Is it true that smoking causes wrinkles?
Answer From J. Taylor Hays, M.D.
Yes. So if you need another reason to quit smoking, add premature wrinkles to the list.
Smoking can speed up the normal aging process of your skin, contributing to wrinkles and other changes to the appearance of your face. These changes include crow's-feet, pronounced lines between the eyebrows, uneven skin complexion, a grayish tone on lighter skin, deep creases and puffiness below the eyes, wrinkles around the mouth, and thinner lips.
The more cigarettes you smoke and the longer you smoke, the more likely you are to develop wrinkles and other age-associated changes to your face. The other primary factor you can control that causes skin damage is sun exposure. The combination of unprotected sun exposure and smoking can cause even more significant wrinkling.
Nicotine, other chemicals in cigarettes, smoking behaviors and other factors may contribute to wrinkles and premature aging of the skin:
- Nicotine causes blood vessels to narrow, reducing oxygen flow and nutrients to skin cells.
- A number of chemicals trigger molecular events that remodel or damage structures necessary for skin elasticity and health.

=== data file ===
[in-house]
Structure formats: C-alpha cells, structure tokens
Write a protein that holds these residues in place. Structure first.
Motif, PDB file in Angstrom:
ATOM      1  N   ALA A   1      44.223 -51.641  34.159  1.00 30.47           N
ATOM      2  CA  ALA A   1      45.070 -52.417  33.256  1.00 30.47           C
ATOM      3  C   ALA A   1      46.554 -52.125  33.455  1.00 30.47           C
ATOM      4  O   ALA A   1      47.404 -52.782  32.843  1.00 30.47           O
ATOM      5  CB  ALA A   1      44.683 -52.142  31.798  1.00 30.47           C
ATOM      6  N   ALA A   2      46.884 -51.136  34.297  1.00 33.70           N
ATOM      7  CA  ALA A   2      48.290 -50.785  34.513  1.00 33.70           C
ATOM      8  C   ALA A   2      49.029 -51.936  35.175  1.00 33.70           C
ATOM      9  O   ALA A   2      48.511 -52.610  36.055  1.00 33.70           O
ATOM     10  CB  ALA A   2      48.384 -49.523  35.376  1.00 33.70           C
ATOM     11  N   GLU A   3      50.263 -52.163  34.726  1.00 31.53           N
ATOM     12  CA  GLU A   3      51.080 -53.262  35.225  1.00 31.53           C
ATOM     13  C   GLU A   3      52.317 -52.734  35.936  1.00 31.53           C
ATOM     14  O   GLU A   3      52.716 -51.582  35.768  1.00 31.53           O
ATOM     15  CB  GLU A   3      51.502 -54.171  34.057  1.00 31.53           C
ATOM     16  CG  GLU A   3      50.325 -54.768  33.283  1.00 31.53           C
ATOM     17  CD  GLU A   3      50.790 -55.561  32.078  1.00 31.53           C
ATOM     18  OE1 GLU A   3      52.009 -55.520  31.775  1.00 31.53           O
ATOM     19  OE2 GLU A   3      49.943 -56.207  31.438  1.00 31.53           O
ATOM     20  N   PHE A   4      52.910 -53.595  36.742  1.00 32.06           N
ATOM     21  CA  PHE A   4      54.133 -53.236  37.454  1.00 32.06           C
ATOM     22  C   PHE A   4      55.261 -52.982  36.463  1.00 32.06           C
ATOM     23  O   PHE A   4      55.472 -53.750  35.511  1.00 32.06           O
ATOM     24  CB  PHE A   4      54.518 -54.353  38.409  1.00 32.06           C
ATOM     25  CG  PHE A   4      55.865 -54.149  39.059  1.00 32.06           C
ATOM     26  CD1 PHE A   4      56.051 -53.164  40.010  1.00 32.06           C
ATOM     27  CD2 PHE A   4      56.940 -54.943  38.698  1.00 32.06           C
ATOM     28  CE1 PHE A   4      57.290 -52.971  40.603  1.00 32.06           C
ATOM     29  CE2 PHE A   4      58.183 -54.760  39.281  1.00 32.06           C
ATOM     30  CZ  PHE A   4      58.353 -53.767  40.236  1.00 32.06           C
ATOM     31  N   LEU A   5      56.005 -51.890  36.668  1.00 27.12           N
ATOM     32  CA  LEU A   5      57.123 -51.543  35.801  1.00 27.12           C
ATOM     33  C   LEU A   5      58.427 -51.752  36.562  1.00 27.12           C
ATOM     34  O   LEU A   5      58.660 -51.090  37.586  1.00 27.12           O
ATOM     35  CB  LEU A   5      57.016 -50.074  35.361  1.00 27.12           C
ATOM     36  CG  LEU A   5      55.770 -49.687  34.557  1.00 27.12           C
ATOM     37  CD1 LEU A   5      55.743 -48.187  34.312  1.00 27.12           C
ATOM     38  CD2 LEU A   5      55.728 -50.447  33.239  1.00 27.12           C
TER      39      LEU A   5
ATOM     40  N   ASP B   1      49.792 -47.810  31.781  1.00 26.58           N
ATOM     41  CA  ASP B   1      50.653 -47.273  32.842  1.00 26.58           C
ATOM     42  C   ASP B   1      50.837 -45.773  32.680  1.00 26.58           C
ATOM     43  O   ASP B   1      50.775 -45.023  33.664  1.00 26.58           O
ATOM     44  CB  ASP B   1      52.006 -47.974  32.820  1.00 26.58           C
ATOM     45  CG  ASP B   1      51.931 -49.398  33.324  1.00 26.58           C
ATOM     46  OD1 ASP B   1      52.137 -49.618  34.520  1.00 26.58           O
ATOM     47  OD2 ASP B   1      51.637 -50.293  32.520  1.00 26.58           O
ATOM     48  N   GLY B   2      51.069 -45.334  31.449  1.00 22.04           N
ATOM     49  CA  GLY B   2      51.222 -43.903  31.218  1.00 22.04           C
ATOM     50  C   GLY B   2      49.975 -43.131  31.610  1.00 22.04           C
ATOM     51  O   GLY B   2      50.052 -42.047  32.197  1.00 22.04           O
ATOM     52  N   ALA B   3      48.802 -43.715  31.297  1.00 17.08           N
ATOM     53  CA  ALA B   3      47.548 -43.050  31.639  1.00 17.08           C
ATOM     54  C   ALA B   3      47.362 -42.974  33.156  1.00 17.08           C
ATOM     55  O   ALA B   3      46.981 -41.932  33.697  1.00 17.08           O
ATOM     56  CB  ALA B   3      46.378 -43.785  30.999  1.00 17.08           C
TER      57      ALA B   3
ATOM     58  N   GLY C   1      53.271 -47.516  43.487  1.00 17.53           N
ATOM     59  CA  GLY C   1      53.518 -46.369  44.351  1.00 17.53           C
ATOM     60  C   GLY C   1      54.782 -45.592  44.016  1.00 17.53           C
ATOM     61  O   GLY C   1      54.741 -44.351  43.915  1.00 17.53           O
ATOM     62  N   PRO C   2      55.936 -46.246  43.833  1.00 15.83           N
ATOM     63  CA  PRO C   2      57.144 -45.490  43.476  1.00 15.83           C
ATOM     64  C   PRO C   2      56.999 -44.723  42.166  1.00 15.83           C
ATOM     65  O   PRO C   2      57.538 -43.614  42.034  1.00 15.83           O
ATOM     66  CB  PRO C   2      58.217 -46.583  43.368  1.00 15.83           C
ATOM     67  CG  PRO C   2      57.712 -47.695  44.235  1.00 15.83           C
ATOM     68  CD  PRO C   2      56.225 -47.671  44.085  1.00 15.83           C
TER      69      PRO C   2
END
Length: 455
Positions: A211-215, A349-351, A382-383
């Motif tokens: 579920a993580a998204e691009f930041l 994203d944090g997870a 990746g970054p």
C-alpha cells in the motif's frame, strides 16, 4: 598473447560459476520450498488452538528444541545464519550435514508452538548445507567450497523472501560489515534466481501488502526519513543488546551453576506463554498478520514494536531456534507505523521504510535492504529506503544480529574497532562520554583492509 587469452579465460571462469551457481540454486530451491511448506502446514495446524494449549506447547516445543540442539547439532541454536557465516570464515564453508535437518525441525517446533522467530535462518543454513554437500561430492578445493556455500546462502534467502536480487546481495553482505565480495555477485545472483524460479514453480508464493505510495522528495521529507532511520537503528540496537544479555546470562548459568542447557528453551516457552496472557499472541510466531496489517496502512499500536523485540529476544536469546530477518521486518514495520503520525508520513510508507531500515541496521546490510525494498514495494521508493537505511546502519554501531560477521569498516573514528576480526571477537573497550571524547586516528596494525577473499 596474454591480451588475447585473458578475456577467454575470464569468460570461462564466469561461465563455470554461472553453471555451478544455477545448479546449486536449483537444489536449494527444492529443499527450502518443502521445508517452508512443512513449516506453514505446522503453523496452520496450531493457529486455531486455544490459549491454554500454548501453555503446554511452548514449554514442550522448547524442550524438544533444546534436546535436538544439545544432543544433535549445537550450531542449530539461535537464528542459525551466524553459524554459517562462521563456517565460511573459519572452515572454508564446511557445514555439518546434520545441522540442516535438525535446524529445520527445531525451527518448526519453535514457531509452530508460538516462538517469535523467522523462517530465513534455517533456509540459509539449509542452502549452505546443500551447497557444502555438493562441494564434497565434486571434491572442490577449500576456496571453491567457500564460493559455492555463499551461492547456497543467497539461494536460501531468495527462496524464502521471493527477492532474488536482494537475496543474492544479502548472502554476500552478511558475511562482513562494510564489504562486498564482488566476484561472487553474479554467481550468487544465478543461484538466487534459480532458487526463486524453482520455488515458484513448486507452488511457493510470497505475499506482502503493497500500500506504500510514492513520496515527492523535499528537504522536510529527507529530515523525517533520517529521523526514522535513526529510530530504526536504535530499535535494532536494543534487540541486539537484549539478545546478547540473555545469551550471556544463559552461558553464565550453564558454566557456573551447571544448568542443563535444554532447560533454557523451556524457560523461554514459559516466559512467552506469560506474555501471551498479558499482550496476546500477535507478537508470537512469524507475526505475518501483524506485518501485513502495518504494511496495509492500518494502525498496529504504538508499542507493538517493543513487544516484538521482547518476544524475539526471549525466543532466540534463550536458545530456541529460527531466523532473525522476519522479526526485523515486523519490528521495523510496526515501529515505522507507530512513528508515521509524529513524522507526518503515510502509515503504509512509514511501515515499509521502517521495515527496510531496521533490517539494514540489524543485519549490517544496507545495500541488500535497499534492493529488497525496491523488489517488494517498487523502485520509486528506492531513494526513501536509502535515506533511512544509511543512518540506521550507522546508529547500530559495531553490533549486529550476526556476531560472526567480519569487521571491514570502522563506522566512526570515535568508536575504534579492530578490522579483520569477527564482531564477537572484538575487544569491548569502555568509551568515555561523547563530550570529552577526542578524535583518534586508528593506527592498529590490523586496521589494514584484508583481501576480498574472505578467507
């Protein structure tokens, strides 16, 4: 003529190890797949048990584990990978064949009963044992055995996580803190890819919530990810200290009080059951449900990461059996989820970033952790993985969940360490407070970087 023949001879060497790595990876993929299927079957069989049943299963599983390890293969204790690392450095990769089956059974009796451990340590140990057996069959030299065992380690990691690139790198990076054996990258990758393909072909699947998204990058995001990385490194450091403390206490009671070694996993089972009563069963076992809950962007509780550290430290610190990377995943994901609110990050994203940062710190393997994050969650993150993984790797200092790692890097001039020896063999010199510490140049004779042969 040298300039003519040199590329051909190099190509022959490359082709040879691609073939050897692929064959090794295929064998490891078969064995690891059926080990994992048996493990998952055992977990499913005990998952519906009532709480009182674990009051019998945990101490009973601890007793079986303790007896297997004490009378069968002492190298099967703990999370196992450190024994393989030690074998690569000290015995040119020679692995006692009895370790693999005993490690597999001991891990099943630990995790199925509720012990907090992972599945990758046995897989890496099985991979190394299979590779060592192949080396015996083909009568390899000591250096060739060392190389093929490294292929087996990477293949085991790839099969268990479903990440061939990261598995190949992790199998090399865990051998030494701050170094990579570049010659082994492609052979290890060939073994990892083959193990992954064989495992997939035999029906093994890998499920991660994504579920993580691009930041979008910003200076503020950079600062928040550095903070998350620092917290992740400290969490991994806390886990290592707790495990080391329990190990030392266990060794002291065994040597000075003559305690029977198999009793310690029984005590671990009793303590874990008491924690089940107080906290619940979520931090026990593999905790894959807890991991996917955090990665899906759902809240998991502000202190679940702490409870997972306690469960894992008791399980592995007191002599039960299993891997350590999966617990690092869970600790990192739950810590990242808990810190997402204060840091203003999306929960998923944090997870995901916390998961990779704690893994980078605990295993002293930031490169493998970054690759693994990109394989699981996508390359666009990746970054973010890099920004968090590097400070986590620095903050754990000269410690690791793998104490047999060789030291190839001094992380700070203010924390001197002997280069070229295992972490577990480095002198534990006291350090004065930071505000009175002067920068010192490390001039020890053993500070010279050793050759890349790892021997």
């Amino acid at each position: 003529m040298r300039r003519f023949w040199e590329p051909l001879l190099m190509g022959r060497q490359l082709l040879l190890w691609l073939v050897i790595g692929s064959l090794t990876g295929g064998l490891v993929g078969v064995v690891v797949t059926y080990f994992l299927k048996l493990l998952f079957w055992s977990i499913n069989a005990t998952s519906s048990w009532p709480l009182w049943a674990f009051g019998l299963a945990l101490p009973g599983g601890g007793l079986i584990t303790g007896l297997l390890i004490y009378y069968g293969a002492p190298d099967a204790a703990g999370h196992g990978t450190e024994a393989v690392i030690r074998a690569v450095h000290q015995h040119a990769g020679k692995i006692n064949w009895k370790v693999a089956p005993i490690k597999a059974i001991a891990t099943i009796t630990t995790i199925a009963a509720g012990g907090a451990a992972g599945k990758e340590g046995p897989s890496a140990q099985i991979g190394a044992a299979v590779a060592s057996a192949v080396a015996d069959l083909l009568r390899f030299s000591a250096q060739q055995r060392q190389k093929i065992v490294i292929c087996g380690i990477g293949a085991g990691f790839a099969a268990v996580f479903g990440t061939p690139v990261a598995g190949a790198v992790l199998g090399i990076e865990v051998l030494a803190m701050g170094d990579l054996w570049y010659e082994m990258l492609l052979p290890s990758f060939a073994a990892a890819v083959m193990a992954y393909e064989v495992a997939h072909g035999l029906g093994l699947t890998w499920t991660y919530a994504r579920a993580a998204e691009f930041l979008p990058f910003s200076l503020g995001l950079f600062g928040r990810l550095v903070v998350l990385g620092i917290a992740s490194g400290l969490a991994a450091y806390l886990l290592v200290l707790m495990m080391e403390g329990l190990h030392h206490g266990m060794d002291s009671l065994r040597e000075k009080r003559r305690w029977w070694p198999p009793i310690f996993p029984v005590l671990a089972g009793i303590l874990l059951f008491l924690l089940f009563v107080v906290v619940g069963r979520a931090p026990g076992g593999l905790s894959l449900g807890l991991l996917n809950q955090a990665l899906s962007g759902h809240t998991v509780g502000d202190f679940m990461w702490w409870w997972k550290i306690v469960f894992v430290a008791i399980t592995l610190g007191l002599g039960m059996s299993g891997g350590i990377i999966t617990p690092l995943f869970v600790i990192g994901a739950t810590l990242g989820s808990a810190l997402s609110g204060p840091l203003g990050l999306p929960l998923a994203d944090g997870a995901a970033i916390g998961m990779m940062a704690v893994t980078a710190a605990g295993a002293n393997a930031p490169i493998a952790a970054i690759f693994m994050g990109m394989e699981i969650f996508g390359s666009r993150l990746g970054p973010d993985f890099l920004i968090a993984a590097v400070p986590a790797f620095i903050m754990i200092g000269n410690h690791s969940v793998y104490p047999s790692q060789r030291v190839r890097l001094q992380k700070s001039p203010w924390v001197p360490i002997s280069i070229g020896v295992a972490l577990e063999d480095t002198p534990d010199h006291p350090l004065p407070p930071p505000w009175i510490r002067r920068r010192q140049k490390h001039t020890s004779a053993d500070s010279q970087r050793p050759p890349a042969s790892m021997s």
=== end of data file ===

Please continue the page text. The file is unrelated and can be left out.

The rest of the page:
- Repetitive squinting and lip pursing contribute to lines around the mouth and eyes.
- Heat and un-inhaled smoke may dry and damage the surface of the skin.
These same factors may also result in decreased ability of the skin to repair wounds such as cuts or scrapes, resulting in a greater risk of wound infection and scarring.
The damage to your skin from smoking can't be reversed. But if you quit smoking now, you will no longer accelerate the problem and may prevent worsening of the damage.
J. Taylor Hays, M.D.
Nov. 19, 2020
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See more Expert Answers
- Fillit HM, et al., eds. Aging and the skin. In: Brocklehurst's Textbook of Geriatric Medicine and Gerontology. 8th ed. Elsevier; 2017. https://www.clinicalkey.com. Accessed Oct. 26, 2020.
- Fernandez-Flores A, et al. Histopathology of cutaneous aging. American Journal of Dermatopathology. 2019; doi:10.1097/DAD.0000000000001260.
- Goodman GD, et al. Impact of smoking and alcohol use on facial aging in women: Results of a large multinational, multiracial, cross-sectional survey. Journal of Clinical and Aesthetic Dermatology. 2019; https://www.ncbi.nlm.nih.gov/pubmed/31531169. Accessed Oct. 26, 2020.
- Lohan SB, et al. Analysis of the status of the cutaneous endogenous and exogenous antioxidative system of smokers and the short-term effect of defined smoking thereon. Antioxidants (Basel). 2020; doi:10.3390/antiox9060537.
- Cameron AM, et al. Perioperative optimization. In: Current Surgical Therapy. 13th ed. Elsevier; 2020. https://www.clinicalkey.com. Accessed Nov. 4, 2020.